How Often Do You Need To Add Freon To A Central A/C Unit?
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There’s no denying that refrigerant is crucial in all central AC units. If everything is working as it should, your AC doesn’t require refrigerant. However, if your unit’s refrigerant levels are overly low, it can damage components such as the evaporator coil, compressor, and condenser. With various pricey parts susceptible to damage, how often do you need to add Freon to a central air conditioning unit? Read on to find out and avoid unwarranted surprises.
How often do you need to add Freon to your central air conditioner unit? If your AC is working as it should, then it should never require refrigerant. However, it also depends on the service or maintenance schedule you are following because this can also determine how often you need to recharge your air conditioning unit.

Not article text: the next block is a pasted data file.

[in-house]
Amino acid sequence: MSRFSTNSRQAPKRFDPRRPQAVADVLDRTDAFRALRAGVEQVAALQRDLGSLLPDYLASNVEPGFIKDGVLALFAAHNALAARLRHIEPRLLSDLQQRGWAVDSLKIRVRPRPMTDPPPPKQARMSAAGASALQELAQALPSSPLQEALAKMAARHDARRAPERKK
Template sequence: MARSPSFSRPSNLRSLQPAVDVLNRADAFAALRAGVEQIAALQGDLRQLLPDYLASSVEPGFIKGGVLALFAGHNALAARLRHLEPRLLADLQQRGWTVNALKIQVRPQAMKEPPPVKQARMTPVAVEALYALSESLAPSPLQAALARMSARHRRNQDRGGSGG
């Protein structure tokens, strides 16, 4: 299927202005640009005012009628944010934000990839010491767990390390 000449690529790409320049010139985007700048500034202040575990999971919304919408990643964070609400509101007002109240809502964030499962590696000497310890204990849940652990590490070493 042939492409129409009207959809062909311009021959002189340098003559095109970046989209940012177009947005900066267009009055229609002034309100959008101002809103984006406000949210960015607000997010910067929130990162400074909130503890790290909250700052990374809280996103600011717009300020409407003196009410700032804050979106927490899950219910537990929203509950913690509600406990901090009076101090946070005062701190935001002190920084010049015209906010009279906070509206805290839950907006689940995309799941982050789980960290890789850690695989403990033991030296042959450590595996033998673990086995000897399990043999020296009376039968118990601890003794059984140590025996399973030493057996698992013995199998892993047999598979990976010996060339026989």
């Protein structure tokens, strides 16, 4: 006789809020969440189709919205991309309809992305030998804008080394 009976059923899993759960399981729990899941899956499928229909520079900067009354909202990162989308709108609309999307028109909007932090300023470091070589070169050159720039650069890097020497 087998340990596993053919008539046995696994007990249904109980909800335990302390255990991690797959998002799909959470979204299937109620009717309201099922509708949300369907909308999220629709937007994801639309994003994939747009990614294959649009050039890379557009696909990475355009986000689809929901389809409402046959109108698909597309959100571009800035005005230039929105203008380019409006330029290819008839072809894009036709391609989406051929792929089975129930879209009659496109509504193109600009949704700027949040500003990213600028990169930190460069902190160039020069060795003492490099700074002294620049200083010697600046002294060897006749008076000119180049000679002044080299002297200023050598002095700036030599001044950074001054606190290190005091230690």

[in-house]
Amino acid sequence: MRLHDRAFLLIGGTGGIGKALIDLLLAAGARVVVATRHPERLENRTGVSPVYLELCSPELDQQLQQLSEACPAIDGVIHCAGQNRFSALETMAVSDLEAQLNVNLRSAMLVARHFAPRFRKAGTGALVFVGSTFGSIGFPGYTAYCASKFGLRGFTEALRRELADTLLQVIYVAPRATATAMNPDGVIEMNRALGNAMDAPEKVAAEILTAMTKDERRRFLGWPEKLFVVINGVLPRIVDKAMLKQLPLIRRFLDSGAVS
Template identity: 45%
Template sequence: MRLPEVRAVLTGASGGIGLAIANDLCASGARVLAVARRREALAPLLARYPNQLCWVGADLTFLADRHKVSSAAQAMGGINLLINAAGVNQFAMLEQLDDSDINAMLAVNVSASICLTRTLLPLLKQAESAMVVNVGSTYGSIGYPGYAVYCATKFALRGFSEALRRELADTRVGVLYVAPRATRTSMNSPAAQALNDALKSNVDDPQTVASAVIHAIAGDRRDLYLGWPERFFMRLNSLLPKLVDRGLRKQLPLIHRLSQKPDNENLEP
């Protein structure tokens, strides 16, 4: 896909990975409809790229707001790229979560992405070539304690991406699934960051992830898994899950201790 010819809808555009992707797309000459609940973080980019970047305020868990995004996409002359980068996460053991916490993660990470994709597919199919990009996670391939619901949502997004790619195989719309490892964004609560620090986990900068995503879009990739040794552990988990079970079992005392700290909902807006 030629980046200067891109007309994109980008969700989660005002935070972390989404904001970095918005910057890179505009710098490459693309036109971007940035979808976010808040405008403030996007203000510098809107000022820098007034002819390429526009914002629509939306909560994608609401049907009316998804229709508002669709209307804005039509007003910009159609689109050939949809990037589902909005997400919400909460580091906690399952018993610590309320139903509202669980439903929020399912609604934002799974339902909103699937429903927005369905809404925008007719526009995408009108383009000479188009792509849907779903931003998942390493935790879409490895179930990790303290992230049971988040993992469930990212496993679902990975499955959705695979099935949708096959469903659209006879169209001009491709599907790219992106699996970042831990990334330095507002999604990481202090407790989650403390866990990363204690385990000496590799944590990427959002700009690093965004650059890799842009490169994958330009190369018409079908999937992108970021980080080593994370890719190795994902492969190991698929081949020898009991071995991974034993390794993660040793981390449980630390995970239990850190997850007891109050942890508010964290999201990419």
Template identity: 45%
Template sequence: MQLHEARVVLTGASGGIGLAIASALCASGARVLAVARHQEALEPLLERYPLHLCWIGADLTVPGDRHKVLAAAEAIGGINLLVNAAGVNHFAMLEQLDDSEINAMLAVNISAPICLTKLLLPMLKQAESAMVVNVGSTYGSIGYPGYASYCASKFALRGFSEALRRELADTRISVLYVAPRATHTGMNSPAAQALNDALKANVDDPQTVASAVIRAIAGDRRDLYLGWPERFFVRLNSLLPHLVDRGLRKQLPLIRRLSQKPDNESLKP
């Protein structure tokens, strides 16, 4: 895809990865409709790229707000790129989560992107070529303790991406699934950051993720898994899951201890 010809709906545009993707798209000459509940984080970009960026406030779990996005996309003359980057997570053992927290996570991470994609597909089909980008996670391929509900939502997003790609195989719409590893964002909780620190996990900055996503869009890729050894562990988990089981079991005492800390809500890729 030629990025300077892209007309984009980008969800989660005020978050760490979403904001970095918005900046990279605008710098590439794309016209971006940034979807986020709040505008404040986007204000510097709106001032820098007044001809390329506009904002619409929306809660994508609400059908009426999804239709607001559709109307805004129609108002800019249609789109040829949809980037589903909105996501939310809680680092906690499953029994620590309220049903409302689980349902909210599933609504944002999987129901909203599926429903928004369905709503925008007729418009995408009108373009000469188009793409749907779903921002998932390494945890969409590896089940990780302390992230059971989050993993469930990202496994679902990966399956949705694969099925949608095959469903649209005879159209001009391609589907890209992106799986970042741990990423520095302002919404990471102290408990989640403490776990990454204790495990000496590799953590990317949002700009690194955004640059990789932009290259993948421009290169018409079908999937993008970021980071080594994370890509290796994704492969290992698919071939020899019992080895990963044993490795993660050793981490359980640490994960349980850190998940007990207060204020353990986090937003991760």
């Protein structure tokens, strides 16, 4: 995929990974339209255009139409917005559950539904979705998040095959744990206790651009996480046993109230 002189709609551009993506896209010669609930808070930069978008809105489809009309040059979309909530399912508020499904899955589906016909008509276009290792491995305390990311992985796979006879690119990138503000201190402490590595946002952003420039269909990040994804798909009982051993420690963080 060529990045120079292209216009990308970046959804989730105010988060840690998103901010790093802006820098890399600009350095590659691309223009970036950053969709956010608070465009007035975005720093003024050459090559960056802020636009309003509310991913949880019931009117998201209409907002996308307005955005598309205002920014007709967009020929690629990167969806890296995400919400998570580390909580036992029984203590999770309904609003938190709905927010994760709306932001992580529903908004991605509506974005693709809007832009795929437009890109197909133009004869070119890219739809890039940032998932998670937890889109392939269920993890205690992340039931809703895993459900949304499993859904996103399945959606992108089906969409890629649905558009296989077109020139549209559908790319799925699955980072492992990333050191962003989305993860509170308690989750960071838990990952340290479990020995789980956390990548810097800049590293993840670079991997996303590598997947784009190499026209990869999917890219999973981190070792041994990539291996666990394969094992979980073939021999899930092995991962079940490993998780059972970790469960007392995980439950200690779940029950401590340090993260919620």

Read on to find out more!
How Refrigerants Work
It’s worth noting that a refrigerant is a sealed system rather than something which evaporates and cycles continuously in the copper coils of your central air conditioning unit. Air conditioners come with the specified amount of refrigerants they need for the duration of their life.
Nonetheless, if you suspect you’re running low on freon (R-22 refrigerant), then you need to call an HVAC expert. That’s because the coils run in a closed circuit to prevent the refrigerant from escaping. Therefore, if your refrigerant levels are low, it’s somehow escaping the copper coils and is leaking.
What Are The Signs Of A Refrigerant Leak?
Here are just a few signs that you may notice that can result from a refrigerant leak.
- A frozen evaporator coil
- Ice on refrigerant lines
- Warm air stemming from vents
- A spike in energy bills
- A bubbling or hissing sound coming from the refrigerant lines